Flower pots come in an assortment of shapes, sizes and styles. They range from simple terracotta containers to lavishly painted porcelain vessels, and may be as petite as a strawberry or as large as a sandbox. No matter how austere or embellished they may be, flower pots are often as aesthetically pleasing as they are functional. Their physical beauty and varied structures make them interesting subjects for drawing.
Obtain an assortment of flower pots to draw. Choose flower pots in shapes and styles that appeal to your taste. You can also use images of flower pots from gardening catalogs, book, magazines and websites as models for your drawings.
Position a flower pot or image of a flower pot in a place that you can see easily, such as on a tabletop or desk. Find a comfortable drawing position for yourself. Consider sitting at a desk or table, using a lap desk or board, or simply resting a pad of drawing paper on your knees. Remember that your body will let you know what drawing position works best for you; if you are tense or uncomfortable, make adjustments.
Study a flower pot or the image of a flower pot. Take note of its size, shape, dimensions and angles. Focus on creating an accurate outline of the flower pot, not on small details. Draw what you see, using light pencil strokes. Render the circular opening of a basic cylindrical flower pot by drawing a slightly flattened, horizontally-oriented circle shape. Draw the sides of the flower pot by bringing lines downward from the flattened circle. Create the base of the flower pot by connecting the lines of its sides with a slightly concave horizontal line. Look up from your paper frequently to verify the similarity between what you draw and what you see.
Consider smaller details of the flower pot or image of the flower pot. Note the texture of its surface, as well as any embellishments or designs. Replicate these smaller details in your drawing. For example, if the flower pot features a braid motif all the way around its exterior, replicate the braid. Because the embellishments and designs on the cylindrical flower pot exist on a curved surface, you should capture this curve in your drawing, rather than draw them in a straight horizontal line. Continue to shift your gaze back and forth between your drawing and your model as you work.
Note whether any shadows are on or near the flower pot. Add these shadows to your drawing using light strokes with the soft side of your pencil’s tip. For example, if the flower pot casts a shadow on the desk or table on which it is positioned, replicate that shadow; it may extend from the base of the flower pot outward. If light is hitting the flower pot in such a way as to create a shadow on the surface of the pot, replicate it, making sure to capture its natural curve. Blur shadows with a cotton ball or cotton swab; avoid using your fingertip.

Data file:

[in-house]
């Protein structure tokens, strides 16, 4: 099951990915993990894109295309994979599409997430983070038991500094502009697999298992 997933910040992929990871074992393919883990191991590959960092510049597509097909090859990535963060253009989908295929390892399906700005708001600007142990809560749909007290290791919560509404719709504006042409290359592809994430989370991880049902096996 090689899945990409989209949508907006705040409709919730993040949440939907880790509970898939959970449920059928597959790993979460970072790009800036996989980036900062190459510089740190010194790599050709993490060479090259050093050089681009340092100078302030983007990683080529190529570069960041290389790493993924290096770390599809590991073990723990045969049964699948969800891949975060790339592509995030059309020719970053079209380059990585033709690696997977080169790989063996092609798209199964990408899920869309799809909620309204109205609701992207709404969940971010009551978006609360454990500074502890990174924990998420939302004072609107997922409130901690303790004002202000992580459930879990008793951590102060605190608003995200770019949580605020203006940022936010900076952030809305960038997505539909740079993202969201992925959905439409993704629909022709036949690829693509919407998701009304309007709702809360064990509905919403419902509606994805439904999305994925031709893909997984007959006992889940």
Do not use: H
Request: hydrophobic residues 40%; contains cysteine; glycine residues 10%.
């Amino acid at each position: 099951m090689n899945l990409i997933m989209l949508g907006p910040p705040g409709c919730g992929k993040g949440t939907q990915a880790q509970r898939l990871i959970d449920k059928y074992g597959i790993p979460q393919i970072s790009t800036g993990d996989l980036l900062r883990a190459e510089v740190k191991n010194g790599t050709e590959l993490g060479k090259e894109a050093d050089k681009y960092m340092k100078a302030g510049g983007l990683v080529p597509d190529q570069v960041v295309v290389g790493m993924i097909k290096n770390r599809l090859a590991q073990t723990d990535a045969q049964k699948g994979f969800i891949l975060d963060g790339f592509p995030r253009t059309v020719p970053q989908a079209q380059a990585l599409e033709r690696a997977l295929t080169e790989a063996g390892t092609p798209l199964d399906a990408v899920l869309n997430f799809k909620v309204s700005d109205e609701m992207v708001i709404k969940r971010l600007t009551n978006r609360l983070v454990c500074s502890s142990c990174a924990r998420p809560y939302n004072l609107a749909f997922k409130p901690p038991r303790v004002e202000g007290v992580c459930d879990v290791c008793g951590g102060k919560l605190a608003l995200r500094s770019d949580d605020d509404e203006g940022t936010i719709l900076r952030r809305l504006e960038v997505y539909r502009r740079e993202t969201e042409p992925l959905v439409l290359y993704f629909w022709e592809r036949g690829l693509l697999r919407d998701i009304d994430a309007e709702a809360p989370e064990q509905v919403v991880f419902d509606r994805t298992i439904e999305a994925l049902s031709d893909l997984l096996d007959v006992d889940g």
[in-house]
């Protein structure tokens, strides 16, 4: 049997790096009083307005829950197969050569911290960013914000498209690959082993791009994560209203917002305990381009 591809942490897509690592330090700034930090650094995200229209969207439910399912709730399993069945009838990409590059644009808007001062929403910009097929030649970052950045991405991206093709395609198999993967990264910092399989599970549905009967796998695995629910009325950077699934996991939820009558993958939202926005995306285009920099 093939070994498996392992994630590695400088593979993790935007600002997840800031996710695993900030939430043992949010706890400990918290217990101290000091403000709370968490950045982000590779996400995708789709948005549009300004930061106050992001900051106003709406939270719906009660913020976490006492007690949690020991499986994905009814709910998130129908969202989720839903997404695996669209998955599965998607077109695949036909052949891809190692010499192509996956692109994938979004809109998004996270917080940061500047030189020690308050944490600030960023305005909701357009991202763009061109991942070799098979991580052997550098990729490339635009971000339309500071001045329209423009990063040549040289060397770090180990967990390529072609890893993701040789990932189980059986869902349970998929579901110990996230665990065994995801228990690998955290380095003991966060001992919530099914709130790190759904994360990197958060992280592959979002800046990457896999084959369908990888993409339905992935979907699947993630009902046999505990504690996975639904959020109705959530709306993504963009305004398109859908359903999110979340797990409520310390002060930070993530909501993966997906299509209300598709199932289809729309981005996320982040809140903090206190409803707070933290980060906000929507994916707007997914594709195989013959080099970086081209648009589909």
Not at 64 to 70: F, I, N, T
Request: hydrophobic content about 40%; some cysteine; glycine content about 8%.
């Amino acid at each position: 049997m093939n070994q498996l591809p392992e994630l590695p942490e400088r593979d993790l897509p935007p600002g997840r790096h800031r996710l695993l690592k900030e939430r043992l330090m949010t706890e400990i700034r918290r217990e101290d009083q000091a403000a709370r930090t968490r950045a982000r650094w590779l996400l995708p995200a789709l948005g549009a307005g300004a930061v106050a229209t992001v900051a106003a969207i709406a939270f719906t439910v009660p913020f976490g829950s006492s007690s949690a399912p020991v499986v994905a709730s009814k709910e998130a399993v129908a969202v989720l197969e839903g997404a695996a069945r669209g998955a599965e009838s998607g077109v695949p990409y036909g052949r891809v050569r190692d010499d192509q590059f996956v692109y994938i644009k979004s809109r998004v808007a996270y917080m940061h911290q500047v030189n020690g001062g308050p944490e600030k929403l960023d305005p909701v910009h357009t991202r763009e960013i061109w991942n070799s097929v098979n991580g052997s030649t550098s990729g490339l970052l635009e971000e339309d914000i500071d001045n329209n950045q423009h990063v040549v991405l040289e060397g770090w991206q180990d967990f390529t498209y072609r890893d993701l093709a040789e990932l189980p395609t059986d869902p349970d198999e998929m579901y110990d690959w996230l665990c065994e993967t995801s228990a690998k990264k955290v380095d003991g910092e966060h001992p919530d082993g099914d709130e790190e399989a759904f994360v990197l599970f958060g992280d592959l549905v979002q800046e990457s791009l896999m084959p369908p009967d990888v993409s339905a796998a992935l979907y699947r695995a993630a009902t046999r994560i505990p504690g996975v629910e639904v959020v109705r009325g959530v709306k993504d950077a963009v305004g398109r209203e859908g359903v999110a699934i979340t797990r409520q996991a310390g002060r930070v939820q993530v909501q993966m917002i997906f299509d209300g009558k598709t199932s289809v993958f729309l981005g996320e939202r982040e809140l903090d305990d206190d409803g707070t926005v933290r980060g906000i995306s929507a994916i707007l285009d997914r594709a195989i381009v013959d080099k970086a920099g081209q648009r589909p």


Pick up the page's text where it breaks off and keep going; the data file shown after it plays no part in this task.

After you have practiced drawing several flower pots by studying models of them, try drawing flower pots that you see in your imagination. You may render flower pots more appealing than any you have ever seen in the real world. You can also use your drawings of original flower pots as inspiration if you are a sculptor, potter, woodworker, metalsmith or other craftsperson.
Using a pad of drawing paper, rather than loose sheets, can be helpful; the pad can serve as a support for the top sheet of paper on which you are drawing, eliminating the need for a desk or table.
Stay relaxed while you draw. Tension can adversely affect your drawing. Take deep breaths, and stop frequently to rest and study your flower pot model.
Avoid resting your hand on your drawing paper while you work. Even clean hands can leave blemishes on paper.
Never use a hard eraser on your drawing. Hard erasers can ruin the surface of the paper. If you must erase, use a soft, gum eraser or a tacky eraser that will gently lift the pencil off the paper.
- Backyard Gardener: Flower Pots, Planters and Accessories
- "How to Draw What You See"; Rudy De Reyna; 1996
- Art Graphica: Pencil Drawing Tips
Rose Brown began writing professionally in 2003. Her articles have appeared in such Montana-based publications as "The Tributary" and "Edible Bozeman." She earned a bachelor's degree in literature from the University of California at San Diego, and a master's degree in English from Montana State University. Brown has been a professional florist since 1997.